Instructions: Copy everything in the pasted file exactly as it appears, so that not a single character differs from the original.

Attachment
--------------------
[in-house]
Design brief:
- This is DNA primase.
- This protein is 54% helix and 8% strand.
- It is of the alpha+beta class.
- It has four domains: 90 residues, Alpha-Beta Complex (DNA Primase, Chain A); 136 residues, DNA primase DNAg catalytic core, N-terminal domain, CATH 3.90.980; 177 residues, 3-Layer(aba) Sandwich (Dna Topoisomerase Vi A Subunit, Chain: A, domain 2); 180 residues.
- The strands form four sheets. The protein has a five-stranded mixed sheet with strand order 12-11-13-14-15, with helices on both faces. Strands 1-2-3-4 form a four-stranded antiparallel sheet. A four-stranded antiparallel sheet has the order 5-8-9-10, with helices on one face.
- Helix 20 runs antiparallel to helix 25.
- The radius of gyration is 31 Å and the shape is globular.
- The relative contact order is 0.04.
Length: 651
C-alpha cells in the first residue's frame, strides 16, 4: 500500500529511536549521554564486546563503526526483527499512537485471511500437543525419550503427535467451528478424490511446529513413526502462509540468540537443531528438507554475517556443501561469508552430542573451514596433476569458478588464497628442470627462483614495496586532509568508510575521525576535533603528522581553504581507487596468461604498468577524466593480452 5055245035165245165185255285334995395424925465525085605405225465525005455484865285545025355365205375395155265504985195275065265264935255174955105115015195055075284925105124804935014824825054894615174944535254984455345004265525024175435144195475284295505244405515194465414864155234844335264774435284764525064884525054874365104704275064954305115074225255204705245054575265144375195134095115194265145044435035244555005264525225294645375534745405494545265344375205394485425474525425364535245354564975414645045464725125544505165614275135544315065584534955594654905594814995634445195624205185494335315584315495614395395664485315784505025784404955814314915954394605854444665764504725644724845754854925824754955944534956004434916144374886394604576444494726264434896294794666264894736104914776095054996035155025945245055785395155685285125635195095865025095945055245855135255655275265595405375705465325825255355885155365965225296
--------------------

[in-house]
Design brief:
- This is DNA primase.
- This protein is 54% helix and 8% strand.
- It is of the alpha+beta class.
- It has four domains: 90 residues, Alpha-Beta Complex (DNA Primase, Chain A); 136 residues, DNA primase DNAg catalytic core, N-terminal domain, CATH 3.90.980; 177 residues, 3-Layer(aba) Sandwich (Dna Topoisomerase Vi A Subunit, Chain: A, domain 2); 180 residues.
- The strands form four sheets. The protein has a five-stranded mixed sheet with strand order 12-11-13-14-15, with helices on both faces. Strands 1-2-3-4 form a four-stranded antiparallel sheet. A four-stranded antiparallel sheet has the order 5-8-9-10, with helices on one face.
- Helix 20 runs antiparallel to helix 25.
- The radius of gyration is 31 Å and the shape is globular.
- The relative contact order is 0.04.
Length: 651
C-alpha cells in the first residue's frame, strides 16, 4: 500500500529511536549521554564486546563503526526483527499512537485471511500437543525419550503427535467451528478424490511446529513413526502462509540468540537443531528438507554475517556443501561469508552430542573451514596433476569458478588464497628442470627462483614495496586532509568508510575521525576535533603528522581553504581507487596468461604498468577524466593480452 5055245035165245165185255285334995395424925465525085605405225465525005455484865285545025355365205375395155265504985195275065265264935255174955105115015195055075284925105124804935014824825054894615174944535254984455345004265525024175435144195475284295505244405515194465414864155234844335264774435284764525064884525054874365104704275064954305115074225255204705245054575265144375195134095115194265145044435035244555005264525225294645375534745405494545265344375205394485425474525425364535245354564975414645045464725125544505165614275135544315065584534955594654905594814995634445195624205185494335315584315495614395395664485315784505025784404955814314915954394605854444665764504725644724845754854925824754955944534956004434916144374886394604576444494726264434896294794666264894736104914776095054996035155025945245055785395155685285125635195095865025095945055245855135255655275265595405375705465325825255355885155365965225296